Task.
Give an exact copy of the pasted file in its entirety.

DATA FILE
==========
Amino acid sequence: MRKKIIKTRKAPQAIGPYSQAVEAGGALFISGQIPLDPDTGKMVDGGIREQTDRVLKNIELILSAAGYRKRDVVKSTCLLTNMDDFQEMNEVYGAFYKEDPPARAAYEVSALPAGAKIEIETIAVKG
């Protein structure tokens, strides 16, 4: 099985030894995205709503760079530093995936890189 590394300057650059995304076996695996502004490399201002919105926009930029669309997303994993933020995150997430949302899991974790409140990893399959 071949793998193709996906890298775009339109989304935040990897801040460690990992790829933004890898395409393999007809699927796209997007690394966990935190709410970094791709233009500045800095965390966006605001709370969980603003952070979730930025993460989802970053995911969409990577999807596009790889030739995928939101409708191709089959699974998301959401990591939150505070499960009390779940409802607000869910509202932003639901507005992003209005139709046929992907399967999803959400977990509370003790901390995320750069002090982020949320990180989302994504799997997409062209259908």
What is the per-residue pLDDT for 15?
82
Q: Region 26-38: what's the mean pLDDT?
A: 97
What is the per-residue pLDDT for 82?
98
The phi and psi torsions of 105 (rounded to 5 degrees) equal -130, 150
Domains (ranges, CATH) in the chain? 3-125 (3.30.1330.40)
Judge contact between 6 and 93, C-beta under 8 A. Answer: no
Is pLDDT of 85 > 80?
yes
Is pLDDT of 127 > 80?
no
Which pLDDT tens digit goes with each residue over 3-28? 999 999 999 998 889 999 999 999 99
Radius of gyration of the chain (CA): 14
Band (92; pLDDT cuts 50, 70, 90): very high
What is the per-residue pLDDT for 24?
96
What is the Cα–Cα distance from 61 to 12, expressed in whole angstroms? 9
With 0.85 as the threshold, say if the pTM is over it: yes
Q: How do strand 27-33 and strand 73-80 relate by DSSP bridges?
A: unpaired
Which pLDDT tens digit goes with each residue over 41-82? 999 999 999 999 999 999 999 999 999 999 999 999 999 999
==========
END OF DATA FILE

Amino acid sequence: MRKKIIKTRKAPQAIGPYSQAVEAGGALFISGQIPLDPDTGKMVDGGIREQTDRVLKNIELILSAAGYRKRDVVKSTCLLTNMDDFQEMNEVYGAFYKEDPPARAAYEVSALPAGAKIEIETIAVKG
């Protein structure tokens, strides 16, 4: 099985030894995205709503760079530093995936890189 590394300057650059995304076996695996502004490399201002919105926009930029669309997303994993933020995150997430949302899991974790409140990893399959 071949793998193709996906890298775009339109989304935040990897801040460690990992790829933004890898395409393999007809699927796209997007690394966990935190709410970094791709233009500045800095965390966006605001709370969980603003952070979730930025993460989802970053995911969409990577999807596009790889030739995928939101409708191709089959699974998301959401990591939150505070499960009390779940409802607000869910509202932003639901507005992003209005139709046929992907399967999803959400977990509370003790901390995320750069002090982020949320990180989302994504799997997409062209259908």
What is the per-residue pLDDT for 15?
82
Q: Region 26-38: what's the mean pLDDT?
A: 97
What is the per-residue pLDDT for 82?
98
The phi and psi torsions of 105 (rounded to 5 degrees) equal -130, 150
Domains (ranges, CATH) in the chain? 3-125 (3.30.1330.40)
Judge contact between 6 and 93, C-beta under 8 A. Answer: no
Is pLDDT of 85 > 80?
yes
Is pLDDT of 127 > 80?
no
Which pLDDT tens digit goes with each residue over 3-28? 999 999 999 998 889 999 999 999 99
Radius of gyration of the chain (CA): 14
Band (92; pLDDT cuts 50, 70, 90): very high
What is the per-residue pLDDT for 24?
96
What is the Cα–Cα distance from 61 to 12, expressed in whole angstroms? 9
With 0.85 as the threshold, say if the pTM is over it: yes
Q: How do strand 27-33 and strand 73-80 relate by DSSP bridges?
A: unpaired
Which pLDDT tens digit goes with each residue over 41-82? 999 999 999 999 999 999 999 999 999 999 999 999 999 999